|I'm fed up with pictures of Brooks|
so here's one of my ex-wife
There is no way anyone should accept the apologies of News International for the phone-hacking scandal. If we are to believe that these apologies are genuine, then we have to accept that every member of the company's management has suddenly acquired an understanding of what it means to be a decent human being – something none of them appears to have understood two weeks ago.
Reports from the Dowler family suggest that Rupert Murdoch appeared genuinely upset by what his lieutenants had done to them. This is entirely plausible. However much we might like to demonise him, Murdoch is a human being. Confronted by a family that has suffered the cruellest of tragedies and by the realisation that his company compounded that tragedy, he would be inhuman not to react with a degree of genuine remorse. Pretending that he's a monster, devoid of any humanity, is a cop-out.
But that doesn't excuse him.
Neo-Nazis have been known to excuse Hitler by arguing that he didn't directly order the Holocaust. That doesn't excuse him either (although it does beg the question of whether those Neo-Nazis actually approve of the Holocaust. If they do, why do they try to excuse Hitler at all? If they don't, why do they identify with the Nazis in the first place?). The point is that Hitler created the regime under which such a policy was considered acceptable. Hitler was culpable.
Similarly with Murdoch: he might not have known about the individual cases of phone-hacking and might well have disapproved of hacking Milly Dowler's phone if he had known about it. But he spent decades building the kind of organisation where this was considered a natural way of getting a story. Clearly nobody who knew about it thought it was wrong within the culture of News International, and Murdoch bears ultimate responsibility for that.
All this comes into focus when one studies Rebekah Brooks. She has spent more than half of her life and almost all of her working life within News International, so she is totally infused with its culture. She is, in effect, the creation of the Murdoch machine. Like a Galapagos tortoise, she has evolved in an isolated eco-system and has therefore evolved into a separate species, perfectly adapted to her environment. I have no idea what sort of creature she might have become in another environment, but at NI she has become completely the creature of Murdoch's world. Now the world can see what sort of creature that is.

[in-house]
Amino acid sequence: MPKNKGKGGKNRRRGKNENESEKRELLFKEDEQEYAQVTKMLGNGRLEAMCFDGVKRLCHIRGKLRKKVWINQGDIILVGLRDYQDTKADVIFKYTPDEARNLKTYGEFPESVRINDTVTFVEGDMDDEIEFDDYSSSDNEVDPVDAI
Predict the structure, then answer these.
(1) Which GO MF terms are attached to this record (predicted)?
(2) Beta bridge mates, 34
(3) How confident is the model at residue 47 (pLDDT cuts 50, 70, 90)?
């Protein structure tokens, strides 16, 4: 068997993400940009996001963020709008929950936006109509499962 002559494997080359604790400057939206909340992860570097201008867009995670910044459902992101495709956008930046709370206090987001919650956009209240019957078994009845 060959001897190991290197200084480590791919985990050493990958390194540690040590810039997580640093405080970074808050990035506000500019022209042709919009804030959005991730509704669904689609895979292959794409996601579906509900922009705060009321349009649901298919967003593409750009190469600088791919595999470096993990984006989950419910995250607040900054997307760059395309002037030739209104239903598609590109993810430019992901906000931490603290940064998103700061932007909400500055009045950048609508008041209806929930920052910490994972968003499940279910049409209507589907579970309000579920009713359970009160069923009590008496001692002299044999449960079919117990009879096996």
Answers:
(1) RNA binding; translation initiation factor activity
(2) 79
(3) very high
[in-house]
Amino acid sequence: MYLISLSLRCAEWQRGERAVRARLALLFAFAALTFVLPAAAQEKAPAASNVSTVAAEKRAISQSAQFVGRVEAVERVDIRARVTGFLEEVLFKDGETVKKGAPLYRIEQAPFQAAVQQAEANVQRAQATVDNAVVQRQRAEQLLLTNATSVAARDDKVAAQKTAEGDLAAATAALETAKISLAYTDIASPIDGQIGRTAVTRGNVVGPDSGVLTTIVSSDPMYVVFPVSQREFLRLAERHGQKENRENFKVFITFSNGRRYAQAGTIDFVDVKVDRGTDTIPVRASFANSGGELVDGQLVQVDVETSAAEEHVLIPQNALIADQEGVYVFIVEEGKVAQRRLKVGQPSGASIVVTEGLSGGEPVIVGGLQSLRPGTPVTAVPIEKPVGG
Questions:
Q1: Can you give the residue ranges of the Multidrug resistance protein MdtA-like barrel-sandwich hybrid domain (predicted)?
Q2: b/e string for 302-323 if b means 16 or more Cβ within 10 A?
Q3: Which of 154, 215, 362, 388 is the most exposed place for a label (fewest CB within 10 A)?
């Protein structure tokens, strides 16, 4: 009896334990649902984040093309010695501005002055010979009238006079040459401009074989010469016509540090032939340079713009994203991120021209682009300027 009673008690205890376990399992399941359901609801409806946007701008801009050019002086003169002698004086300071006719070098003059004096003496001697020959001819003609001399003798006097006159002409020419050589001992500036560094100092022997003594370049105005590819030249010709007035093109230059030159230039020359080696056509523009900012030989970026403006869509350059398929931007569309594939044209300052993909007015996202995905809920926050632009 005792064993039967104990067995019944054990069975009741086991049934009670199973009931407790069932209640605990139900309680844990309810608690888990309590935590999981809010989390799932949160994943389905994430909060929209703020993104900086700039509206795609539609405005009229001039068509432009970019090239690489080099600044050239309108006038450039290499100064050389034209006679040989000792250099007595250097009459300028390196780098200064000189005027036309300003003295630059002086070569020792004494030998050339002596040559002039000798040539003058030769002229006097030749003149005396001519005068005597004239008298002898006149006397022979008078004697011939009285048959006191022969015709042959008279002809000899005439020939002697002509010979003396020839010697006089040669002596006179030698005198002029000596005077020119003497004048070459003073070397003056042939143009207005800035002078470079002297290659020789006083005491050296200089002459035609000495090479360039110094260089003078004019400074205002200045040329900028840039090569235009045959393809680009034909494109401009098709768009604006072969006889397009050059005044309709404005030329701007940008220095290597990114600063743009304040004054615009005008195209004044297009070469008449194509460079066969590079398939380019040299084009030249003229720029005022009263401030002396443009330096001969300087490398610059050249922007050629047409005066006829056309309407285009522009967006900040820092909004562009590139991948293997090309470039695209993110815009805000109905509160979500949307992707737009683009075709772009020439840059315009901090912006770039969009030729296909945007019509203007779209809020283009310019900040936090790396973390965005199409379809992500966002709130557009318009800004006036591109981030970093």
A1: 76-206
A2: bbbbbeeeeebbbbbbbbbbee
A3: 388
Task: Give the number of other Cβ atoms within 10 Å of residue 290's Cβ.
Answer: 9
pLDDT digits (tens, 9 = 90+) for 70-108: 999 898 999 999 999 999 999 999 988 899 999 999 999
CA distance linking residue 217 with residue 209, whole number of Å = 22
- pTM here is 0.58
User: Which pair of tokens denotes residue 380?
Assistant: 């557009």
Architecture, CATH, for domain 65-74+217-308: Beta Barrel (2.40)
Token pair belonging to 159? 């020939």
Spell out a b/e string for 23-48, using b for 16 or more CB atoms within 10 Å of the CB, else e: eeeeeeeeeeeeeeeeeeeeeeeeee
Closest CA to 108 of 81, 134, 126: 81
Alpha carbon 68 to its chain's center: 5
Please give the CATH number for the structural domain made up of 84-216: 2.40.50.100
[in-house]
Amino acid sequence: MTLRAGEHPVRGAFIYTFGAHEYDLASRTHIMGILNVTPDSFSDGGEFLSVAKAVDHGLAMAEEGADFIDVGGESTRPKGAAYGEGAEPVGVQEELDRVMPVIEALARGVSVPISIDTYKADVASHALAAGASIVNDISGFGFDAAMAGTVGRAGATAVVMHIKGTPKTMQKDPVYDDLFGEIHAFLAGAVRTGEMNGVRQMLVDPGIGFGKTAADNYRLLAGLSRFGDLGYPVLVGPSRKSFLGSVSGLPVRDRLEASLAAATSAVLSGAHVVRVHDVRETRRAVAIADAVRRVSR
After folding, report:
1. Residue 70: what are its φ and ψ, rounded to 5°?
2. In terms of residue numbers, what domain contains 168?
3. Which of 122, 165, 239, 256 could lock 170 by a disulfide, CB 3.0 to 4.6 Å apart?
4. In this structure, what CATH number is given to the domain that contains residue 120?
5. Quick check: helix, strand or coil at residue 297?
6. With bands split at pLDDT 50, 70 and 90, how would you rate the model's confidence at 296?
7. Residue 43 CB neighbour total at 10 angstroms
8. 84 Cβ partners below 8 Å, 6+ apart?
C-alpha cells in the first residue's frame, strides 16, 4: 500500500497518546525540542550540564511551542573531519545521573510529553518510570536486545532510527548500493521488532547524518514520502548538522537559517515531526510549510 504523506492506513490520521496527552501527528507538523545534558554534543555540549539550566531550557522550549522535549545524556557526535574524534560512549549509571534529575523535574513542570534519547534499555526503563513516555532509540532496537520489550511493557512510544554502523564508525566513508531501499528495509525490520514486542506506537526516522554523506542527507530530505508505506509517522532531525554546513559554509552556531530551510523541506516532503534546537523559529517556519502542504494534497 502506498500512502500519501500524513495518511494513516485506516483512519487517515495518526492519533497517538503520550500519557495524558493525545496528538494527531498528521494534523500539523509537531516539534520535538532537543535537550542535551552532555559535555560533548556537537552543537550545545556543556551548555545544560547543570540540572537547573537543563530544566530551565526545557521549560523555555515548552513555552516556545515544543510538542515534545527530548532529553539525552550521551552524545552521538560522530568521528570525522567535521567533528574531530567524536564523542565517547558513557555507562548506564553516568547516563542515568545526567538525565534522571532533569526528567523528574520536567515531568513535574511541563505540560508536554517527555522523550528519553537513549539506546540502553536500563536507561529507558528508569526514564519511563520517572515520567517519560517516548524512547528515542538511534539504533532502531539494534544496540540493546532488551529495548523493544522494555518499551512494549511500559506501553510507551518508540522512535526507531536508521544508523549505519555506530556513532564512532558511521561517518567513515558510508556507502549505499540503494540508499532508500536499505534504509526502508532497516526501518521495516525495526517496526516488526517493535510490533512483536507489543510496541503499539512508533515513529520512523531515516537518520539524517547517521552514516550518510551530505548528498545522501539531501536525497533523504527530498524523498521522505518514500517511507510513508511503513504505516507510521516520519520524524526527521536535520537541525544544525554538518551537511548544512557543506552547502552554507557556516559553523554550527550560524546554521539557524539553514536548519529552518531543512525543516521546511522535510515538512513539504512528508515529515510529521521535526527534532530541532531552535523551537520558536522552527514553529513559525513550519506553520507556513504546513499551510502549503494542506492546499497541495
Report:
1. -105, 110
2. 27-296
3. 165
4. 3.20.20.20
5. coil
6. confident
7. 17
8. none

Her rise to the top of the NI food chain shows that she is the ultimate creation of NI, and so it's no surprise that most of the group's offences were committed by divisions of the company over which she had some form of authority. Who created that eco-system? Rupert Murdoch.
Brooks has claimed to have no knowledge of what happened under her leadership, which makes her either a liar or a thoroughly incompetent manager, considering that the huge costs of these operations would have had to be approved by someone high up in the organisation. The third option is she ran things like the secret service – as they said in Apocalypse Now: "This mission does not exist, nor will it ever exist." Regardless, she is culpable under any of these scenarios.
She is responsible for her own actions, for her own inactions and for what happened while she was in charge, and this principle was admirably stated only last year by the paper she used to edit and was in charge of till Friday:
[She] still REFUSED to accept any personal blame… Instead she pointed the finger at others - including her own STAFF. … She arrogantly brushed aside suggestions that she should take responsibility … [saying] "I did not have any personal dealing with the case."
You're the Sick Joke, Shoesmith, The Sun, 16 September 2010
Murdoch is culpable because he slowly and painstakingly created the environment that created Rebekah Wade/Brooks. After four decades, an apology isn't enough.
Moral: If you play Frankenstein, don't be surprised if you create a monster.